People are brainwashed into believing in obviously false dogmas.
The price of liberty, opposition, and submission is hefty.
There is a relationship between beliefs, knowledge, and truths.
Social structures affect an individual, and vice-versa.
These messages are nothing new; they have constantly echoed in everyone’s lives throughout history. Yet, alas, not everyone is either heedful and/or vehemently serious about those messages. People who possess neither of those characteristics incite injustice and exploitation in the world; consequentially, they also provoke those who think otherwise to affirm the significance of acknowledging oppressors on attaining a truelive livelihood.
In this post, I share my thoughts on both the freedom fighters and suppressors who challenged the mathematically false statement “2 + 2 = 5”.
(To learn more about the short film, click here.)
This short film first introduced a chatty classroom at an all-boys school. That scene not only shows viewers what a classroom is usually like without a teacher, but to also shows them what the world would look like without oppressive authorities and structures: happy and free.
Then, the ambience of the school suddenly changed after the teacher walked into the classroom and the headmaster spoke through the intercom. Not only did fear and silence fill the environment, but everyone became divided with the headmaster and the teacher as the formidable superiors, and the students as the meek, acquiescent inferiors. This superior-subordinate relationship represents how people abide to the unspoken and seemingly indisputable rules of respect for their superiors.
When the teacher wrote down the invalid expression “2 + 2 = 5” on the chalkboard, the students murmured out of confusion. Despite knowing the actual answer to “2 + 2”, the students became too afraid to say it after their teacher sternly said: “Silence! We will have order in the classroom! This is today’s first lesson.” The students must be so disheartened to voice how absurd the math lesson is knowing that the teacher and possibly their peers see the lesson as something sensible instead.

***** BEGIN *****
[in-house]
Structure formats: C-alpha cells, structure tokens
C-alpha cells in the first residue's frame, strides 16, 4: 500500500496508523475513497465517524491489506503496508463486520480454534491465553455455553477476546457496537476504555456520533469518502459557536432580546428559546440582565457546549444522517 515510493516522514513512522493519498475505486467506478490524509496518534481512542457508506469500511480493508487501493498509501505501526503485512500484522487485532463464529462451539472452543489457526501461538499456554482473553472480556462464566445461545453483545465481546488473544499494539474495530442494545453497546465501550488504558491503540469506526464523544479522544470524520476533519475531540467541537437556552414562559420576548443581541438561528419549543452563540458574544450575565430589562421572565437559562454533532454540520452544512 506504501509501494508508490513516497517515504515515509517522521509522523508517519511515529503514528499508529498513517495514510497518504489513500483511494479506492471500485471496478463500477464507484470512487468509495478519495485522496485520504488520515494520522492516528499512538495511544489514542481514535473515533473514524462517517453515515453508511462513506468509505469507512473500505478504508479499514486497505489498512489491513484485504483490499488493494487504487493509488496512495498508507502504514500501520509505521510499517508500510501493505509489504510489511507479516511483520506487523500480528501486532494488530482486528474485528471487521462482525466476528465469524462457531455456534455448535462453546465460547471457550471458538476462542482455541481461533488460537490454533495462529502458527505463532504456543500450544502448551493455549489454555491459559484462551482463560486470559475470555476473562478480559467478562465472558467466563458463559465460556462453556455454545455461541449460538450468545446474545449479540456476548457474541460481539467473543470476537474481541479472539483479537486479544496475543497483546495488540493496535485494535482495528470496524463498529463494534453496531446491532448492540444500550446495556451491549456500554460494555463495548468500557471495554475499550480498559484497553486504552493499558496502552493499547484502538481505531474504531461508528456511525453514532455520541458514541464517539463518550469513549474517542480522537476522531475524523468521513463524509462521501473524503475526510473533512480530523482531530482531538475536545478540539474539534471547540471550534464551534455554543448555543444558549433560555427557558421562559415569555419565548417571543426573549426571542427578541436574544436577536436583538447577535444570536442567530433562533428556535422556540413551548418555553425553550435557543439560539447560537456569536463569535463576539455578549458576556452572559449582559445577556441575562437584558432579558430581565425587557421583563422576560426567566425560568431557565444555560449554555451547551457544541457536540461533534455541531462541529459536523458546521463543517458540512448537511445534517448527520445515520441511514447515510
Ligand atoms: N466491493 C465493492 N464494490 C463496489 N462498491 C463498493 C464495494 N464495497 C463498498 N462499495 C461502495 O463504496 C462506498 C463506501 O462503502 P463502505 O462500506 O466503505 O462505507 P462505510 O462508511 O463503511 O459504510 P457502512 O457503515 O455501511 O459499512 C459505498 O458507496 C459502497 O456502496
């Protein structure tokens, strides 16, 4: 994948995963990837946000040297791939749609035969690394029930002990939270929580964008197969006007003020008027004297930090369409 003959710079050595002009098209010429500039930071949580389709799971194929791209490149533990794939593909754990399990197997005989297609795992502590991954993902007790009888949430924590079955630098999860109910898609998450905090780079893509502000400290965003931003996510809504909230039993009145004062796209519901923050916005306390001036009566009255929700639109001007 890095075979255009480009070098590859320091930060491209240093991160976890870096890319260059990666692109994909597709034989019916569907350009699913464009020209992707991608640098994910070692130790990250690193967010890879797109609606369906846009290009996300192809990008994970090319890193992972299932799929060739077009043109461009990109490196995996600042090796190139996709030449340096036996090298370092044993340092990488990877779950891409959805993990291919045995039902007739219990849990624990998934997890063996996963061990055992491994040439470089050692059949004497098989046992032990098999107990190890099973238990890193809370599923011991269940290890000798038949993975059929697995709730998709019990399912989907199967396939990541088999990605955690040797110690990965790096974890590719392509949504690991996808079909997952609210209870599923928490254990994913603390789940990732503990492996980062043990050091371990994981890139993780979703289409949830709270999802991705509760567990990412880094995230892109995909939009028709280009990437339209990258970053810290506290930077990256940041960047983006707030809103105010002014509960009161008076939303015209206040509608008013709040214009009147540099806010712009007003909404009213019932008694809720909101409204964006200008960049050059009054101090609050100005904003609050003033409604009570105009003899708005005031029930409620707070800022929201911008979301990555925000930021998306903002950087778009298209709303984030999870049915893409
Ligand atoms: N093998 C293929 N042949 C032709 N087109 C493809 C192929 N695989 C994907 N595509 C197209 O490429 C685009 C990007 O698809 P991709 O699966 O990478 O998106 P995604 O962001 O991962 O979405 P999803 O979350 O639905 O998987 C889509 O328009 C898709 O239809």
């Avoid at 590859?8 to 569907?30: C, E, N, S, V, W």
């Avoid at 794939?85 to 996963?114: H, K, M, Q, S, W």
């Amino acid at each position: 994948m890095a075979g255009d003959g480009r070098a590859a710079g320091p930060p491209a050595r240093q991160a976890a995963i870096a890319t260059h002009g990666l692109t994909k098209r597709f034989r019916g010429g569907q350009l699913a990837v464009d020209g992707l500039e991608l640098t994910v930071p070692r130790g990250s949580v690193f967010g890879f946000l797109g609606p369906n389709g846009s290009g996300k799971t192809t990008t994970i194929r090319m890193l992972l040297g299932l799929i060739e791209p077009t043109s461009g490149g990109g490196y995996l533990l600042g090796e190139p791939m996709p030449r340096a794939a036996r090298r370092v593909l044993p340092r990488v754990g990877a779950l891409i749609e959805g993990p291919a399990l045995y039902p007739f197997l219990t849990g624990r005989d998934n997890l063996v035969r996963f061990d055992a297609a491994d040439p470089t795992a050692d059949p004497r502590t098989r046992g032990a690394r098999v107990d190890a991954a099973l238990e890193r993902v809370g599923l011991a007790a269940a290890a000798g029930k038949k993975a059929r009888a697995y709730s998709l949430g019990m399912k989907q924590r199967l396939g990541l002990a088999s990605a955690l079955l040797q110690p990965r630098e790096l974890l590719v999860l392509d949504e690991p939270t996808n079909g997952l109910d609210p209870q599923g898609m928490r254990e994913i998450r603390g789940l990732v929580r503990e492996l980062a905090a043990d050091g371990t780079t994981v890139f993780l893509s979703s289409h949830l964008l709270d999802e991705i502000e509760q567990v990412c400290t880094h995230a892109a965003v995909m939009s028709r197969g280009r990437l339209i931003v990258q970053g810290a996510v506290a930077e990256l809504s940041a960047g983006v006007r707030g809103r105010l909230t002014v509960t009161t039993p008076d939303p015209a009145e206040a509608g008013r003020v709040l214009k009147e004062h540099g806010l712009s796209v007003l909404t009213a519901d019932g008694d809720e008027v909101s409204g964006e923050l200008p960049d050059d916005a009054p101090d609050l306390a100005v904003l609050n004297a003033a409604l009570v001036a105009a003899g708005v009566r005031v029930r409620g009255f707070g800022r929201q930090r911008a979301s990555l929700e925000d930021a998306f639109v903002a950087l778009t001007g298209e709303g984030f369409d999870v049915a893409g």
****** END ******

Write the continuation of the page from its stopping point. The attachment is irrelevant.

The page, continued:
The first rebellious student shed some hope for his peers to defend the truth and people’s freedom of expression, but that hope quickly died out when he gave up on arguing with the teacher. Like that student, there are others in life that lack the confidence to continue the fight that they initiated or chose to participate in. His weak fight may have failed at stopping the teacher, but it was enough to inspire another student to rebel.
The second rebellious student was much more defensive than the first one. Although the teacher and some students urged him to abide by the rules, he took precedence of himself over others. Very few people in the world have the guts to act on their beliefs, especially when their lives are at stake.
Strangely, the upperclassmen students aimed invisible weapons at the second rebellious student. The weapons were probably invisible to show the viewers that if the children came across them again, they would not be able to identify them as weapons and know how to use such advanced technology.
The execution of the second rebellious student happened within the classroom in order to ingrain fear for authorities into the students, and to show the students that immediate and harsh punishments are given to those who defy the system. That scene seems to mirror other public executions, especially those ordered by Kim Jong Un.
Unfortunately, that event influenced the third rebellious student to silently hold onto his freedom of thought. He may not have completely surrendered to the authorities, but he did surrender some of his independence. He and the other students are examples of how most people are more concerned about surviving than living.
Feel free to share your thoughts on this topic. I’d love to read them.